exhaust velocity


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exhaust velocity

[ig′zȯst və′läs·əd·ē]
(fluid mechanics)
The velocity of gaseous or other particles in the exhaust stream of the nozzle of a reaction engine, relative to the nozzle.
References in periodicals archive ?
Figure 9 displays the temperature contours; relative humidity contours at cooling towers exhaust velocity of 10 m/s (1,968 fpm).
Exhaust velocity may be obtained directly from the engine controller, or calculated using exhaust mass flow rate and temperature (to adjust for density variation) along with pipe area.
A turbocharger uses a radial in axial out turbine configuration which is influenced mainly by the exhaust velocity. Higher the velocity the better will be the spooling of the turbocharger.
Jet mixing noise is a strong characteristic of jet exhaust velocity. Consequently, noise reduction strategies are aimed at increasing the bypass ratio to lower nozzle exit velocities and designing bypass and core flows to improve mixing with each other and the atmosphere.
An NTR uses nuclear fission as an energy source instead of chemical combustion, and uses just hydrogen as a propellant, allowing it to achieve a very high exhaust velocity and high thrust, Discovery News reported.
There is thus almost no limit to the theoretical exhaust velocity of such technology and, in fact, exhaust velocities of 50,000 to 100,000 m/s--10 to 20 times those of chemical engines--have been demonstrated.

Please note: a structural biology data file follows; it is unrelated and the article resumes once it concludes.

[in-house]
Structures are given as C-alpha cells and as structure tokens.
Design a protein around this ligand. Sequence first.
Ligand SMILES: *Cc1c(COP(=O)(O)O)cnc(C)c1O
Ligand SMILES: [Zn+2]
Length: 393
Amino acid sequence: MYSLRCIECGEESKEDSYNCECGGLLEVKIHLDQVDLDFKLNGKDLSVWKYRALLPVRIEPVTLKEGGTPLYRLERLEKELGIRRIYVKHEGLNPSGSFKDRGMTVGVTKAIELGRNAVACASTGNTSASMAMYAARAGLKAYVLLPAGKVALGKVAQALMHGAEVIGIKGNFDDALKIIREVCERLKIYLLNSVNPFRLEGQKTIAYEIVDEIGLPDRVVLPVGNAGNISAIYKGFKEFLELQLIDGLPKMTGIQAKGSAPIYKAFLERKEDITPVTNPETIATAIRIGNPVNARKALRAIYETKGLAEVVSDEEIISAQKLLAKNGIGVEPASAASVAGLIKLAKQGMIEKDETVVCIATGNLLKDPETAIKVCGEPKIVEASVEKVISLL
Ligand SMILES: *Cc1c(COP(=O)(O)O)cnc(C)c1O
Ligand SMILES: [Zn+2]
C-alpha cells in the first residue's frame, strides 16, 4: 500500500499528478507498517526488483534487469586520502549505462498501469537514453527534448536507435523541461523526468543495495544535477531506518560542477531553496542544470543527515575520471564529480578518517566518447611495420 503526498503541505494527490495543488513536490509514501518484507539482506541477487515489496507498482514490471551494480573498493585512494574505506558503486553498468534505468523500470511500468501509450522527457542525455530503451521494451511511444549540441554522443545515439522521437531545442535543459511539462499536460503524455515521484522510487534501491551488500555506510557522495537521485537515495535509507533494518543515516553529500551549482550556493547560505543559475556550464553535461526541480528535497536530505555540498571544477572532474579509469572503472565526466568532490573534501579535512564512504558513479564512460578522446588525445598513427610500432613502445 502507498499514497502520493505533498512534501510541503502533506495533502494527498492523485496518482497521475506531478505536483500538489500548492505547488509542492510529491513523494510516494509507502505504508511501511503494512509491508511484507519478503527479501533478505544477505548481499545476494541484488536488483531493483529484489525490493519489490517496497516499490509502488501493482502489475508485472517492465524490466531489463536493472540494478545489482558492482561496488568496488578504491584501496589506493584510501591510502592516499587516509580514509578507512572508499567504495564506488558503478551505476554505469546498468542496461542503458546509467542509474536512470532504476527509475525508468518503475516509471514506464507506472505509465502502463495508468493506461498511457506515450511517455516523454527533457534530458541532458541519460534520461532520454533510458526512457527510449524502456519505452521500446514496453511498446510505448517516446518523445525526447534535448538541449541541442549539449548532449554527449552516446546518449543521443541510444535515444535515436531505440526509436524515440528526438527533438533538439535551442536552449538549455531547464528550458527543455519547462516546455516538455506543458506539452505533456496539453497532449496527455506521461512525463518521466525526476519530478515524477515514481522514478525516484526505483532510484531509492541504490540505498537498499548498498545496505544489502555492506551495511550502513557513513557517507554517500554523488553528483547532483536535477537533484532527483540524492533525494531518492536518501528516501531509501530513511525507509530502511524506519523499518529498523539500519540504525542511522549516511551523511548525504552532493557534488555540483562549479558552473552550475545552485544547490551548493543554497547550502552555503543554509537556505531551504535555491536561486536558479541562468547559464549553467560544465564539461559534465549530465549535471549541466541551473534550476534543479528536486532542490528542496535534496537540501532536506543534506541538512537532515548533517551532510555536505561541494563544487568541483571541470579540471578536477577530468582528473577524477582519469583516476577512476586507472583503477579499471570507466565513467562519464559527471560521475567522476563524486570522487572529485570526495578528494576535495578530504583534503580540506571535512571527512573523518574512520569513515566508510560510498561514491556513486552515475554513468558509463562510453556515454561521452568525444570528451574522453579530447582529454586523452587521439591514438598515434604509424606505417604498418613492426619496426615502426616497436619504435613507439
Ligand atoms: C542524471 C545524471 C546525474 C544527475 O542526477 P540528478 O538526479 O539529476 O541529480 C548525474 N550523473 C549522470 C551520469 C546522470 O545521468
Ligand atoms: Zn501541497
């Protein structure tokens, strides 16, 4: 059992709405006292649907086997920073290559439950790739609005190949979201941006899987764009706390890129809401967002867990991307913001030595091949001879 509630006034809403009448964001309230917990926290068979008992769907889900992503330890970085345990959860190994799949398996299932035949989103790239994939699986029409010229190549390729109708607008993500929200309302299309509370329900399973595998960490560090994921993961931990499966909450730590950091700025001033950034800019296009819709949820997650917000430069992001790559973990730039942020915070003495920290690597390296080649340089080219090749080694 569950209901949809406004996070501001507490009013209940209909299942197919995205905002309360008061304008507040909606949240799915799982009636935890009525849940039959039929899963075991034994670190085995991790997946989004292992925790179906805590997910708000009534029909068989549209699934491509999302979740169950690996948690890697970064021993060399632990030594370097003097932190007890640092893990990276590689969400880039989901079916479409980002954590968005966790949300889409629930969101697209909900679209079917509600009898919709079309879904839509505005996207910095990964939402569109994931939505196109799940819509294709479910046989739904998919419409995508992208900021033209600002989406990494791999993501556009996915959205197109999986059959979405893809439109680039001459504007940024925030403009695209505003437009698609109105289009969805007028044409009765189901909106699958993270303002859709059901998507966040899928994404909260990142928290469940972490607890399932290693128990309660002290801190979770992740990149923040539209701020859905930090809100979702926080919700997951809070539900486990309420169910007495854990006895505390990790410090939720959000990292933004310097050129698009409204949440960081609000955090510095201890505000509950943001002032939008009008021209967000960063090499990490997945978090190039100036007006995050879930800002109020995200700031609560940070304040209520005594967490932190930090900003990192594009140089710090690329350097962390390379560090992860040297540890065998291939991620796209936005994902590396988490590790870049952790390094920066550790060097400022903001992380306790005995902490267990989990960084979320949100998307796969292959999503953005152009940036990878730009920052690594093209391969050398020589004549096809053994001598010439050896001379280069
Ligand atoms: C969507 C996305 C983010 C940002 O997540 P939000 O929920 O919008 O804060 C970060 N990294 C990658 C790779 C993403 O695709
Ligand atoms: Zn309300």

Wind velocity, direction, exhaust outlet location relative to air intakes and doors, exhaust velocity, and dilution at the exhaust outlet all influence possible re-ingestion.
The current Standard 62.1 Informative Appendix F method includes some of these factors but does not include variable wind speed, stack height, plume rise effect caused by exhaust velocity, or hidden intake reduction factors.
To explore the outer planets in a reasonable time, engines must generate either high exhaust velocity or high specific impulse.
This is important from a safety standpoint because user safety could be compromised due to insufficient exhaust velocity.
It may be noted that the plume rise as per ASHRAE 2007 (Equation 8) were functions of the exhaust velocity ratio [(V.sub.e] / [U.sub.H]) and stack diameter [(d.sub.e]) whilst the 2011 version also incorporates the effects of wind profile and stack-receptor distance (X).